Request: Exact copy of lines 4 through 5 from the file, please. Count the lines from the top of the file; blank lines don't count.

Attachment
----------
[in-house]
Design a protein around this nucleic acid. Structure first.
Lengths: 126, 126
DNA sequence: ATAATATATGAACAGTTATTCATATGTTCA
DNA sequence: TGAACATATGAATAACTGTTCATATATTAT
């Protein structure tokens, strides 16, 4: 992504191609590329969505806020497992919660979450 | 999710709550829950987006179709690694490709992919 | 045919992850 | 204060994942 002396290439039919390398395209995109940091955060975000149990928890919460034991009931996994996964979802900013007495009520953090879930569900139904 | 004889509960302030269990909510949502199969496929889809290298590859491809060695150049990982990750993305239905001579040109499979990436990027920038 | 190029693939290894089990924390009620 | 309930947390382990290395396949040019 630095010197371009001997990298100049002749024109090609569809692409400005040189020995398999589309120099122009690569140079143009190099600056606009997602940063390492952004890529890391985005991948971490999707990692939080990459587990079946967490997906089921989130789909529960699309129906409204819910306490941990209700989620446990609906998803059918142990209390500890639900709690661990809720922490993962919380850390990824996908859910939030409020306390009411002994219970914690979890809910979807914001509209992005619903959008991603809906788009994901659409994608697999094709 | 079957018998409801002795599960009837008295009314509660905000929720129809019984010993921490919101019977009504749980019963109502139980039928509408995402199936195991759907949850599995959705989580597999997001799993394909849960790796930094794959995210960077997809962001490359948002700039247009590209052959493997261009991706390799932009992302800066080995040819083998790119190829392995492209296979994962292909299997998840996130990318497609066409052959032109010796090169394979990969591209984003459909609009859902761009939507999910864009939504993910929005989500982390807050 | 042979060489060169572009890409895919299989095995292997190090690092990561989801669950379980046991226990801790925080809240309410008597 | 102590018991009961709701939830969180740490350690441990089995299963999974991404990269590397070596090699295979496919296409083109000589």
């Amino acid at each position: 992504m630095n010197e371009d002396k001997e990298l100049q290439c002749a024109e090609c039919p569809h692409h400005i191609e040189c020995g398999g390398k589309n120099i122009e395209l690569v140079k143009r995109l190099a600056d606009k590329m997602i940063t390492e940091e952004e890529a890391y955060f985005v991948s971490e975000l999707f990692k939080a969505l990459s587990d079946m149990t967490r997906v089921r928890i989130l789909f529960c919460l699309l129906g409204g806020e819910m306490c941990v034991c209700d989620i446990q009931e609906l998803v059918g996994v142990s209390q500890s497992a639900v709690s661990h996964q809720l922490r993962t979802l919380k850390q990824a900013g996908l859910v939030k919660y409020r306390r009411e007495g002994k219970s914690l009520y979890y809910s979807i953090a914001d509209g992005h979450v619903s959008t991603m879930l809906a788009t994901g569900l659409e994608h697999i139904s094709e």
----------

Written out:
DNA sequence: ATAATATATGAACAGTTATTCATATGTTCA
DNA sequence: TGAACATATGAATAACTGTTCATATATTAT